Pharmacology of AMINOGLYCOSIDES by veterinarian008

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									   Chapter-8 (Aminoglycosides)                                  Lecture Notes (PHRM-501), CVAS, Jhang

                                   AMINOGLYCOSIDES
         Aminoglycosides (Aminocylitols) are a group of natural and semi-synthetic antibiotics
         having amino sugars linked to an aminocyclitol ring by glycosidic bond.
         History:
         Streptomycin was the first member of amino glycoside antibiotics discovered in 1944 by
         Walks man and co-workers from a strain of Streptomyces griseus.
         Chemistry and source.
         The aminoglycosides consist of two or more amino sugars joined in glycosidec linkages
         to a hexose (aminogyclitol) nucleus.The presence of amino group on the glycosides and
         the hydroxyl group on the sugars provide high water solubility ( or poor lipid solubility)
         to the drugs. Aminogly- cosides prepared from Streptomyces carry the suffix-mycin,
         where those derived from Micromonospora have name ending with –micin.
         Properties
  a)      They are water soluble and polar compounds and generally ionize in solution.
  b)      They are not absorbed orally,
  c)      They are bactericidal in action and are more active against gram – negative.
  d)      They are more active in alkaline pH.
  e)      They show synergistic antibacterial effect with beta – lactam antibiotics,
         Classification
         On the basis of antibacterial spectrum, amino glycosides may be classified into following
         groups:
  I.      Narrow-spectrum aminnoglycosides
         e.g., streptomycin and dihydrostreptomycin.
             II.     Broad-spectrum amino glycosides.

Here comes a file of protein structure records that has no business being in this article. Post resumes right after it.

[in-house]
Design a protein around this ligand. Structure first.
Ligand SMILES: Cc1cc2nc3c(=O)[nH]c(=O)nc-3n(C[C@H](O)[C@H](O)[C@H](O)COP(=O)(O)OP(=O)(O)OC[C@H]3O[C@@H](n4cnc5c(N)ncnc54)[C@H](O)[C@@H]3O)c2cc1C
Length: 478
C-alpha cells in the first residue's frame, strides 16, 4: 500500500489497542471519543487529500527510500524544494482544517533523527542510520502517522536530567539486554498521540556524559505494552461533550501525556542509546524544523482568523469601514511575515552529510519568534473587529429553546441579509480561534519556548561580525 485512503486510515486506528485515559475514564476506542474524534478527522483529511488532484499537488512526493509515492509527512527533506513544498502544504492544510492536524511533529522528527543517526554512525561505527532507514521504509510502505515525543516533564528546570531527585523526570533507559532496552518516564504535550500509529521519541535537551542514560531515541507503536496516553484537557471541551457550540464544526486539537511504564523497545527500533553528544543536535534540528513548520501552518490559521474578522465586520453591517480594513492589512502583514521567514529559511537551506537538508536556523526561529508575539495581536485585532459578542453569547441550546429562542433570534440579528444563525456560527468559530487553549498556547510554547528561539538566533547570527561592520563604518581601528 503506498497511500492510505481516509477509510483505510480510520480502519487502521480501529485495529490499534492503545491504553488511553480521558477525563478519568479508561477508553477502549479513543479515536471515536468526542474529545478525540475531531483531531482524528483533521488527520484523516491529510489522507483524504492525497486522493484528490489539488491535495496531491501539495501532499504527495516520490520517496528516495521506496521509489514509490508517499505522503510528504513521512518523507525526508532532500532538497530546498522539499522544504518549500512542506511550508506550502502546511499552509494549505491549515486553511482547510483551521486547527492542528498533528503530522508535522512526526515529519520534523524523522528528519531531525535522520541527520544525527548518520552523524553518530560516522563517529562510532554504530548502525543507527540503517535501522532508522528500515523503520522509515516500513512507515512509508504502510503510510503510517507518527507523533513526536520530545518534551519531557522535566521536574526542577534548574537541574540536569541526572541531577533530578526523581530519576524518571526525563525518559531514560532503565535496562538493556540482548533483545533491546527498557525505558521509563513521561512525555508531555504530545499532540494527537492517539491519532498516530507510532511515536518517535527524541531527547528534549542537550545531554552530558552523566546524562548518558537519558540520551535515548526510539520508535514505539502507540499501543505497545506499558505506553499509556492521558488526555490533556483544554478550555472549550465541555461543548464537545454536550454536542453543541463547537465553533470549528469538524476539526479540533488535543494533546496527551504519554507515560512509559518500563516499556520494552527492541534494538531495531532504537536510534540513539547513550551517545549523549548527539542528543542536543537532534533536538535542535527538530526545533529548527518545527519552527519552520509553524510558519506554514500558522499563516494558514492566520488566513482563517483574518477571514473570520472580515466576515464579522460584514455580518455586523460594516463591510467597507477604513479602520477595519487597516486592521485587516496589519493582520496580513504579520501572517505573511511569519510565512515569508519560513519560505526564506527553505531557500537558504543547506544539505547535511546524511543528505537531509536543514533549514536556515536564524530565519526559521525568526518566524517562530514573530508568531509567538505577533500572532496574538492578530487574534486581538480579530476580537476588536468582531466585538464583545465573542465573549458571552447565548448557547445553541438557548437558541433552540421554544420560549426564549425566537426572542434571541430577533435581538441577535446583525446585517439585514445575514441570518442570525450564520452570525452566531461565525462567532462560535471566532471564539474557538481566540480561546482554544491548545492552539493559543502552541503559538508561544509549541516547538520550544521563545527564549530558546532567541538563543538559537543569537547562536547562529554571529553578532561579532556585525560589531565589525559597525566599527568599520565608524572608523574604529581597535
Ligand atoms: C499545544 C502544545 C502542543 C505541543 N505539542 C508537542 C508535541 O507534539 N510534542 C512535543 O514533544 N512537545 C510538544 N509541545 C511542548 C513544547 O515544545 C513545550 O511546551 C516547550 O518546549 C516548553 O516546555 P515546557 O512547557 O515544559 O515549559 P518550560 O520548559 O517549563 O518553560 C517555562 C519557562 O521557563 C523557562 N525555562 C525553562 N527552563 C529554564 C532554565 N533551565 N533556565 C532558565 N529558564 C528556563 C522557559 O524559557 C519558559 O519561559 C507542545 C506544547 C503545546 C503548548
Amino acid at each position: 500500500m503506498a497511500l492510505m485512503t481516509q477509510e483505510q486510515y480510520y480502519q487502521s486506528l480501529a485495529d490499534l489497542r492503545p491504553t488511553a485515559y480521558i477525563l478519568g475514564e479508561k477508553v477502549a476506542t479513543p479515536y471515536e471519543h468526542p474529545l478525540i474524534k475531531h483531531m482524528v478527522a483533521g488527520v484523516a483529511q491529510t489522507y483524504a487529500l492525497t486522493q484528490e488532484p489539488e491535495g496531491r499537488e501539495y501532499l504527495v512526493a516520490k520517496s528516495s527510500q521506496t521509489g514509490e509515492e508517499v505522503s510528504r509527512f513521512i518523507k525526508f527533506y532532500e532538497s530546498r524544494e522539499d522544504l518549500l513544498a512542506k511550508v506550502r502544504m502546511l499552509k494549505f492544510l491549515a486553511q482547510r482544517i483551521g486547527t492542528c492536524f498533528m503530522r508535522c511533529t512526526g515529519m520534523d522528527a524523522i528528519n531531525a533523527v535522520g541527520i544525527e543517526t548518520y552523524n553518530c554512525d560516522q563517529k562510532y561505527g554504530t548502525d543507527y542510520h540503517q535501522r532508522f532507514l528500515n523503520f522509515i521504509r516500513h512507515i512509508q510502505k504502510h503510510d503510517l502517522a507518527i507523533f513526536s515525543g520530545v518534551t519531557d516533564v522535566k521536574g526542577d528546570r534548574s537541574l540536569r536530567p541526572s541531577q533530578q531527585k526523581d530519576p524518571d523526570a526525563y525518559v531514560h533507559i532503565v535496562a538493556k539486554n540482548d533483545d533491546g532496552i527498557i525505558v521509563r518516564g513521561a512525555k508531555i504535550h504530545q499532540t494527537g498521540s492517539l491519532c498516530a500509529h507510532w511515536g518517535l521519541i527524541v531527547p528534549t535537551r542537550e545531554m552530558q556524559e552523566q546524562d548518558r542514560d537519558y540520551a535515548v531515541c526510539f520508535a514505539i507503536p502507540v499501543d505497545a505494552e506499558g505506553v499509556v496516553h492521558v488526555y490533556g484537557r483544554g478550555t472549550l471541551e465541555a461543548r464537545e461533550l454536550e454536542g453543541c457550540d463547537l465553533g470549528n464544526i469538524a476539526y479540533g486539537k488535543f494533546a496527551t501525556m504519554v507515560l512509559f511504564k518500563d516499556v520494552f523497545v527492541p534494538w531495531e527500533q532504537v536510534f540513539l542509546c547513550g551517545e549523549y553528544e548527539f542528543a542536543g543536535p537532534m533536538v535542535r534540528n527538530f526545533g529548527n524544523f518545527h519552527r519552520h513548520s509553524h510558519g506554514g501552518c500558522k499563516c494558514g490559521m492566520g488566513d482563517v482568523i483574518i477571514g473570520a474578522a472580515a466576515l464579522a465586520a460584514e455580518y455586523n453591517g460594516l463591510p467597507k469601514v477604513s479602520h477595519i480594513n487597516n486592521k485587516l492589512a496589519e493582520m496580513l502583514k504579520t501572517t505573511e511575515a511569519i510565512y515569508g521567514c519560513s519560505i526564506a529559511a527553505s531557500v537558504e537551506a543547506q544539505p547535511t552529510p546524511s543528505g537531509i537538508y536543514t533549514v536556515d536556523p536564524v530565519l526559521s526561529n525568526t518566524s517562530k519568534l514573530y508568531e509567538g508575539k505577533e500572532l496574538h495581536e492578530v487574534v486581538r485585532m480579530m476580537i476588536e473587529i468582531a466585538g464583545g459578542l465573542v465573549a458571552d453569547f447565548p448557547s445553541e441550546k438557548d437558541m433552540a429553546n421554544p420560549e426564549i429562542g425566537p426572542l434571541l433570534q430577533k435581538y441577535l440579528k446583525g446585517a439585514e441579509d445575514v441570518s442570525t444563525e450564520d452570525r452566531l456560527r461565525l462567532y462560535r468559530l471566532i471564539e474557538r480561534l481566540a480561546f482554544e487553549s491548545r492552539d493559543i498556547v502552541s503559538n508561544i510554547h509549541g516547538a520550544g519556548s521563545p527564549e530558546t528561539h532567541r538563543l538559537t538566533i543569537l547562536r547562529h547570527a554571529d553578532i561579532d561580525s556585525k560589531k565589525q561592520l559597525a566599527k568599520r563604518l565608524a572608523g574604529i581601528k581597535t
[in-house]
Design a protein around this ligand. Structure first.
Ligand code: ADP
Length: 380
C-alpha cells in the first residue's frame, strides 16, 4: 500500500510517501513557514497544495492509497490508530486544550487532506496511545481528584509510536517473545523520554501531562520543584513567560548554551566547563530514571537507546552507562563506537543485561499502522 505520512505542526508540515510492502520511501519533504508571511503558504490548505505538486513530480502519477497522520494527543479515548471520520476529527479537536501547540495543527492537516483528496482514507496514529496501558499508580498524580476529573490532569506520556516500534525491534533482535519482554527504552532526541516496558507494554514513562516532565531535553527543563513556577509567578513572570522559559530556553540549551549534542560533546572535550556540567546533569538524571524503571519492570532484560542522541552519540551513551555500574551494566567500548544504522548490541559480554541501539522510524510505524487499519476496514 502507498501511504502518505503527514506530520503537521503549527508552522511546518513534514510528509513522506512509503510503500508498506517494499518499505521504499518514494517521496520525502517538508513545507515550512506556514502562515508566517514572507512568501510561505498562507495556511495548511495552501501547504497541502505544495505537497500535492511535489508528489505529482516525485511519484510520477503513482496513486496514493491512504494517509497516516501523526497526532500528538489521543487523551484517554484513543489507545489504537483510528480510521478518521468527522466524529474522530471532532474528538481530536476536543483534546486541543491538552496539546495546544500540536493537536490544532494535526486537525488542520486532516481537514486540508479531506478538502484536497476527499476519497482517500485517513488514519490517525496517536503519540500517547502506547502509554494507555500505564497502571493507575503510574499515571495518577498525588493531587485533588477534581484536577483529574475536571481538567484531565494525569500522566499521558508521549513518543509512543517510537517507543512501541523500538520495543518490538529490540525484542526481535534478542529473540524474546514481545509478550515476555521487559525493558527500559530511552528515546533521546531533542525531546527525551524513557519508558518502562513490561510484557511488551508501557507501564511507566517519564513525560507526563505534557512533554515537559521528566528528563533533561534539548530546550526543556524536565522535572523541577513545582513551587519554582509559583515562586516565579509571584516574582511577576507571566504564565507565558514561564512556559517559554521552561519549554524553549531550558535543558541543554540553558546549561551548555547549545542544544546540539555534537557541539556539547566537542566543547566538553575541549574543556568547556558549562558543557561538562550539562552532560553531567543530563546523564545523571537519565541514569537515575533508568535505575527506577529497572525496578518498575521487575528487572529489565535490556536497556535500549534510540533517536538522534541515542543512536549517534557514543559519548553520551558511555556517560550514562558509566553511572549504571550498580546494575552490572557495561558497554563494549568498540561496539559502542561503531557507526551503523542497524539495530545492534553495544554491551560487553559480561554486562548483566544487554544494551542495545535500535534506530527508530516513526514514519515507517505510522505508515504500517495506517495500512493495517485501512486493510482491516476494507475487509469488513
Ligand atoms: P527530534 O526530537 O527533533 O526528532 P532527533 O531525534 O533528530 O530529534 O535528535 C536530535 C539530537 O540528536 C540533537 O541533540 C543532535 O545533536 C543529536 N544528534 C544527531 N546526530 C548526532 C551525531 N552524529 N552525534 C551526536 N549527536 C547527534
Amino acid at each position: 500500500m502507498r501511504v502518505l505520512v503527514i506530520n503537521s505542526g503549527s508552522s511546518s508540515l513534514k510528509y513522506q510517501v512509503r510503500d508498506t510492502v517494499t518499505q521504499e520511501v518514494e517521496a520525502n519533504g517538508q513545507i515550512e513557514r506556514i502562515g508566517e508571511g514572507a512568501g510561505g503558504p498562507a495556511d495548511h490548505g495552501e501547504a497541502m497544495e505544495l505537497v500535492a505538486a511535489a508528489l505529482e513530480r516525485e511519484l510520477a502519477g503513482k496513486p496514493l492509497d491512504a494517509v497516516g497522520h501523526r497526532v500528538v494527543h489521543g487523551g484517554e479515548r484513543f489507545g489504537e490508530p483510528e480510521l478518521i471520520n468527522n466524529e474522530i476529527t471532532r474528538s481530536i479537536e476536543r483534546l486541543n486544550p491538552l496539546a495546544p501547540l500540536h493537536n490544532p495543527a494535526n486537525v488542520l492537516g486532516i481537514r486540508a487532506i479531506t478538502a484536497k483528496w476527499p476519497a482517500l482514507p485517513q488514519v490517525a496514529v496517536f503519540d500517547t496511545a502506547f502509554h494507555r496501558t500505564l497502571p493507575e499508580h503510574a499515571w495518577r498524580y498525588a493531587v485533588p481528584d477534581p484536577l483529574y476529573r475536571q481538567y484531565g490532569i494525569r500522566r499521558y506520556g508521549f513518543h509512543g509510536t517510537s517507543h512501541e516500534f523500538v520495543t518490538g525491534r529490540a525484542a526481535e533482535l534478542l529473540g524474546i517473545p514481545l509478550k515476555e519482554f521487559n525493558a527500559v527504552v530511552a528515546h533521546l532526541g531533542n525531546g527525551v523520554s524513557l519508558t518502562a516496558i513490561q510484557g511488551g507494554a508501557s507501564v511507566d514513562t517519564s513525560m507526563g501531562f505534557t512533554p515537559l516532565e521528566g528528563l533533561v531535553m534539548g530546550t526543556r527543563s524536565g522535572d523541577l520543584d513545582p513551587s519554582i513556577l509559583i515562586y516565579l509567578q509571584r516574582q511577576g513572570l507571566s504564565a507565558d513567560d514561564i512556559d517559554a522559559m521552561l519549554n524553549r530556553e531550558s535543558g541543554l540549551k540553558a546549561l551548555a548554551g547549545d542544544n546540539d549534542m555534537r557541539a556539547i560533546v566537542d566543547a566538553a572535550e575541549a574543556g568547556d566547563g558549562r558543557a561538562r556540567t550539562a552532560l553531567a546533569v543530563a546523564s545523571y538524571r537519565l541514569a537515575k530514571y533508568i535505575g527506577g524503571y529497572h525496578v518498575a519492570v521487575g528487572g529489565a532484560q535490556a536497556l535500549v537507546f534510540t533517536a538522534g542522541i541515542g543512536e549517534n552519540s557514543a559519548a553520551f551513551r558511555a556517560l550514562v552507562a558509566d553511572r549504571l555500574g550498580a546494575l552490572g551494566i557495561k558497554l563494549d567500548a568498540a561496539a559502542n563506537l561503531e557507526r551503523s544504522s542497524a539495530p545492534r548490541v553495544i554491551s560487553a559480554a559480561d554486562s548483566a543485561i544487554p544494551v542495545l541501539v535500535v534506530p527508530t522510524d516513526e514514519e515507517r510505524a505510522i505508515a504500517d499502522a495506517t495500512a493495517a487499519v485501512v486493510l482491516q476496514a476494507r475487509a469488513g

E.g., neomycin, framycetin,kanamycin and paromomycin.
         Mechanism of action
                  The amino glycosides are bactericidal drugs that act by inhibiting protein
         synthesis in susceptible bacteria, mainly gram – negative organisms.

         2.      Binding of amino glycosides to bacterial ribosomes.
                 Amino glycosides can bind with both 30 S and 50 S ribosomal subunits, although
         their binding with 30 S subunit is stronger.
  b)      Distortion of m-RNA Condon resulting in misreading of the codon. This causes
         incorporation of one or more incorrect amino acid (s) into peptide chain and synthesis of
         abnormal proteins.
  c)      Promotion of premature termination of translation with detachment of the ribosomal
         complex. Binding of aminoglycosides to 30 S- 50 S juncture is probably responsible for
         their bactericidal effect,
  iii)     Aminoglycosides show long and concentration dependent post – antibiotic effect. There
         fore , despite their short half – lives a single injection of the total daily dose of
         aminoglycosides may be effective.

         Antibacterial Spectrum
         Antibacterial spectrum of aminoglycosides varies with the type of antibiotic streptomycin
         and dihydrostreptomycin have relatively narrow spectra mainly gram-negative species.
         The broad-spectrum aminoglycosides(e.g. neomycin and kanamycin) are active against
         many gram-negative and gram-positive organisms,
         But not pseudomonas. The extended-spectrum aminoglycosides posses antibacterial
         spectra similar to broad-spectrum antibiotics and are also active against pseudomonas
         aeroginosa and a verity of aerobic bacteria. Anaerobic bacteria are only moderately
         sensitive to aminoglycosides .
         Side effects /Adverse effects
         All aminoglycosides have potential to produce toxic effects, but the relative propensity
         differs . Nephrotoxicity, ototoxicity, and neuromuscular blockade are important adverse